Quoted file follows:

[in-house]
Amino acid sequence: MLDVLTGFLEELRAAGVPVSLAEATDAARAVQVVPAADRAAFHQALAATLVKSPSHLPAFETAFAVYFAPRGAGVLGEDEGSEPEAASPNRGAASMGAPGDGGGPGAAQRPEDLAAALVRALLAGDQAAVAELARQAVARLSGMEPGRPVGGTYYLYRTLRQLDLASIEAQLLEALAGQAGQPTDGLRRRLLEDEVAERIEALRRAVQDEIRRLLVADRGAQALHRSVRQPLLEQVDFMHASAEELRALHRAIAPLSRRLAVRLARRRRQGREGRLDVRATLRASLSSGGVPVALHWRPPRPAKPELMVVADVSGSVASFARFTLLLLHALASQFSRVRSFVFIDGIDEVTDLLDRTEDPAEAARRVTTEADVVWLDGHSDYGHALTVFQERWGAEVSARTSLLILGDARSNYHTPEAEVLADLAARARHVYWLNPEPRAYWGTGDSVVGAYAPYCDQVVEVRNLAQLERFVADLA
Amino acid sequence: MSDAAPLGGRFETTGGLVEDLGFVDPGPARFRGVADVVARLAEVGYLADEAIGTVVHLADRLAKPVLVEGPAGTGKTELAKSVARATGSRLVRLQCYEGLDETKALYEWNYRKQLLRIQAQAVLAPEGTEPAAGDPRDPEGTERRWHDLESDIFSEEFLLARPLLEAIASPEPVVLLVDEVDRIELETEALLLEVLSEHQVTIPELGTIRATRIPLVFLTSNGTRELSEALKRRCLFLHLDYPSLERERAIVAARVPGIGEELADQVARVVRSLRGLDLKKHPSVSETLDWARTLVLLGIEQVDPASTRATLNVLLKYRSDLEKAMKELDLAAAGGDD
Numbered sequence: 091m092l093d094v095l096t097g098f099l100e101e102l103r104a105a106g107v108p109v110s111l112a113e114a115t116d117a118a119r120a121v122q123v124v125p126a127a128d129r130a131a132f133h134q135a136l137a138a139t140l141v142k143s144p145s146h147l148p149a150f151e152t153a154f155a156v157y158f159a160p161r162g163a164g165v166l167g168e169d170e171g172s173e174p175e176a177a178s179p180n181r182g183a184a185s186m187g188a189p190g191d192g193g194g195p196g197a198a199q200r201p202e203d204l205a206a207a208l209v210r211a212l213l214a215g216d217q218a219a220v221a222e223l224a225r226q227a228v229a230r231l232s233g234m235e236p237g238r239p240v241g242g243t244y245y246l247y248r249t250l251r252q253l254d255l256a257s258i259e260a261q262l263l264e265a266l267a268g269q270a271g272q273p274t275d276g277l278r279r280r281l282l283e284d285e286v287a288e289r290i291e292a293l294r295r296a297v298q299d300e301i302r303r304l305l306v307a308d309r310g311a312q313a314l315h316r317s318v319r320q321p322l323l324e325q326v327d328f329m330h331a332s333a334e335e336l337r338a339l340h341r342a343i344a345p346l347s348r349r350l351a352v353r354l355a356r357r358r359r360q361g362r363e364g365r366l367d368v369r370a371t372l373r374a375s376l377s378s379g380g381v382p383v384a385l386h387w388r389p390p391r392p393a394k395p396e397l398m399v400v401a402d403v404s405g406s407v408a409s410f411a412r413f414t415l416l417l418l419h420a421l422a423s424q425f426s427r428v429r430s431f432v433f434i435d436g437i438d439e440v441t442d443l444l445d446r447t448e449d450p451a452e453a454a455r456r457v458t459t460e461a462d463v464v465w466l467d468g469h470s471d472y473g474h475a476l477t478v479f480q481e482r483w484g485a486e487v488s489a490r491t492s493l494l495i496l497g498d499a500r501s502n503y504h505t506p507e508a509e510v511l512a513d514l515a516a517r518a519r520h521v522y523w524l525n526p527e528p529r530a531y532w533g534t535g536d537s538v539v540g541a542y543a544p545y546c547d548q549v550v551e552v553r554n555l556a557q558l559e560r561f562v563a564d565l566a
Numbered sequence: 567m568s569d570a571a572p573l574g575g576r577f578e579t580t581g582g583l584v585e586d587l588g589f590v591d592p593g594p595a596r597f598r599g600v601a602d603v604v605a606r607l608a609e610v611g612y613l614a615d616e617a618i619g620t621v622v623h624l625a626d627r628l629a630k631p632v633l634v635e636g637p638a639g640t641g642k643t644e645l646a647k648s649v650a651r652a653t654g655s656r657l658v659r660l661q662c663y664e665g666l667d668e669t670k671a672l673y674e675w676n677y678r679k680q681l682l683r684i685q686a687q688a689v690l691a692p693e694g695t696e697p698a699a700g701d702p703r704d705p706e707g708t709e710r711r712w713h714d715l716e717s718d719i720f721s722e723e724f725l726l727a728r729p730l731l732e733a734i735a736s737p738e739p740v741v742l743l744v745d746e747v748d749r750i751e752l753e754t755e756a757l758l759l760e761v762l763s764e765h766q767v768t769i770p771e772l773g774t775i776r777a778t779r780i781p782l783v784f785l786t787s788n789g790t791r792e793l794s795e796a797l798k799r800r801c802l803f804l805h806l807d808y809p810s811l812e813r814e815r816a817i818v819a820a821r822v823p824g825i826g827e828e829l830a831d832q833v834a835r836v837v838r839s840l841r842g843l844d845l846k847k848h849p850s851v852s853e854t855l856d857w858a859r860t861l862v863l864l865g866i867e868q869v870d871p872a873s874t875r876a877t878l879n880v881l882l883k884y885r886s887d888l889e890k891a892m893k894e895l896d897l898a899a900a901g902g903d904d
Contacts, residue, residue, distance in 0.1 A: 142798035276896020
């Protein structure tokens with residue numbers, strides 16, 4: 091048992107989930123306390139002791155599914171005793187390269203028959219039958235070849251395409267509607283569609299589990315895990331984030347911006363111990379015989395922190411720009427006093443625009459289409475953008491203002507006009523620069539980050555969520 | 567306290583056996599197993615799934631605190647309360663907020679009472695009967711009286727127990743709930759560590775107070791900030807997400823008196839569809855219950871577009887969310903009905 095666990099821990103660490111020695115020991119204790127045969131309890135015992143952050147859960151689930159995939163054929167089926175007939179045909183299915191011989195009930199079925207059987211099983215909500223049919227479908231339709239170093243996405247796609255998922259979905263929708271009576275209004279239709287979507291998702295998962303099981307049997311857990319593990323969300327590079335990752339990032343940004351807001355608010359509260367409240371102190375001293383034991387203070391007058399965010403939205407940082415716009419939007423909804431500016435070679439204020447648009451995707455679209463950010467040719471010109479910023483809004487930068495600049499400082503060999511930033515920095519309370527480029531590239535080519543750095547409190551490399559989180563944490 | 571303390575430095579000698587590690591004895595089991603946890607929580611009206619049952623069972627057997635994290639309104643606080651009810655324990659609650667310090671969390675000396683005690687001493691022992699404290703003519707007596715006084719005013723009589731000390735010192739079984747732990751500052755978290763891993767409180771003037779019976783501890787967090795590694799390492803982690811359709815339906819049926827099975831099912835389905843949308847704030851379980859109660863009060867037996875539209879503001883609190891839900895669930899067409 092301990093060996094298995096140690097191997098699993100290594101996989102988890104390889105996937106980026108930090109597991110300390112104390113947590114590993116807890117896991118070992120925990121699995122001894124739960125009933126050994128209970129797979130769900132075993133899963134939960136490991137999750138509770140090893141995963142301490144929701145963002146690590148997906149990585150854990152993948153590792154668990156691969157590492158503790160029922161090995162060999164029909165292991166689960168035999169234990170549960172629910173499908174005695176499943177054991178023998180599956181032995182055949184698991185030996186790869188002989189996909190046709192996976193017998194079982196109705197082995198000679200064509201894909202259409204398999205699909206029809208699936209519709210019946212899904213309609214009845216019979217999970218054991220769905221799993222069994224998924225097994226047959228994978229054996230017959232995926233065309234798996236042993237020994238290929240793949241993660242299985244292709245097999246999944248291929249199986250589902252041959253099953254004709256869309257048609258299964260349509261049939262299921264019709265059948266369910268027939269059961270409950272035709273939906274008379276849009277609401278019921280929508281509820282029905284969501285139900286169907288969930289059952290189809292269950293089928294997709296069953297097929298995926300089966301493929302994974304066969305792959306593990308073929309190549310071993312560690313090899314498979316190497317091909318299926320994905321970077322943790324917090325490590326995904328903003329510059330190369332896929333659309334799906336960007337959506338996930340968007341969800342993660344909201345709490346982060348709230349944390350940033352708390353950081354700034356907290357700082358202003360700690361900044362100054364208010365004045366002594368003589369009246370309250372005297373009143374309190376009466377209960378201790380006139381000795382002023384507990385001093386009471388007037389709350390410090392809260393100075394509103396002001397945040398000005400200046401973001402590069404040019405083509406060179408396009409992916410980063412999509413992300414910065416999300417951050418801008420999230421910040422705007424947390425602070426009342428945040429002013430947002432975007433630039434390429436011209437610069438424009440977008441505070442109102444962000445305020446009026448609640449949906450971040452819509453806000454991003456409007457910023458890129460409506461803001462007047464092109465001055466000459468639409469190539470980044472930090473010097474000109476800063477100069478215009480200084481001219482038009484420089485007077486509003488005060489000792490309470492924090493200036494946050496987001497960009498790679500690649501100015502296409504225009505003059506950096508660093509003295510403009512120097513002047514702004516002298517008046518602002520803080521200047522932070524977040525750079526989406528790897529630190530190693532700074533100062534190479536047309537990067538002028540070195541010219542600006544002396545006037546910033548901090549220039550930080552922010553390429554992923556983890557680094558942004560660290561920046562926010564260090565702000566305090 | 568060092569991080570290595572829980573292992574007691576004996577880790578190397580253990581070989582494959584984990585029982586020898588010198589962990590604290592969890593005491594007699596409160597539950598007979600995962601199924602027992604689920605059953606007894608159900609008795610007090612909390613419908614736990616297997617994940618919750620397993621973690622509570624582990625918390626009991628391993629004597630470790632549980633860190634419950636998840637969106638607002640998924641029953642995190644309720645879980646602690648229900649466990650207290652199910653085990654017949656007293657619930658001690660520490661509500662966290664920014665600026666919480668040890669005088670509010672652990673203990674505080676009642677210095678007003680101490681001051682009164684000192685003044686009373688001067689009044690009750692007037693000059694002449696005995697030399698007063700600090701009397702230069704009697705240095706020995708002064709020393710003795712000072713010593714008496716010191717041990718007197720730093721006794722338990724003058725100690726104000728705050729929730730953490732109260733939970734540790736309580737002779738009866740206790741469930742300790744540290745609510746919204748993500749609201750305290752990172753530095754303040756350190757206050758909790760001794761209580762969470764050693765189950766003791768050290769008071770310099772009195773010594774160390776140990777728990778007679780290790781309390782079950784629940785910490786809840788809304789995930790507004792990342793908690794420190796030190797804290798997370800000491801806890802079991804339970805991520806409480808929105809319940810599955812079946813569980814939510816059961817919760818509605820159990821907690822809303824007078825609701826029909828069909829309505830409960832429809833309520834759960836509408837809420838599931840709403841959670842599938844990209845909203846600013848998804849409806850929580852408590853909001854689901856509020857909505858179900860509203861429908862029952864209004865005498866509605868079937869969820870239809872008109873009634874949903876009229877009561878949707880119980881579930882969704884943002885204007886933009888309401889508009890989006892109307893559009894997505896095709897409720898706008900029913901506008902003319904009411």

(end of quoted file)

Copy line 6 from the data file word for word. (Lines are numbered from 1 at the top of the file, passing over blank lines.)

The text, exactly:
Contacts, residue, residue, distance in 0.1 A: 142798035276896020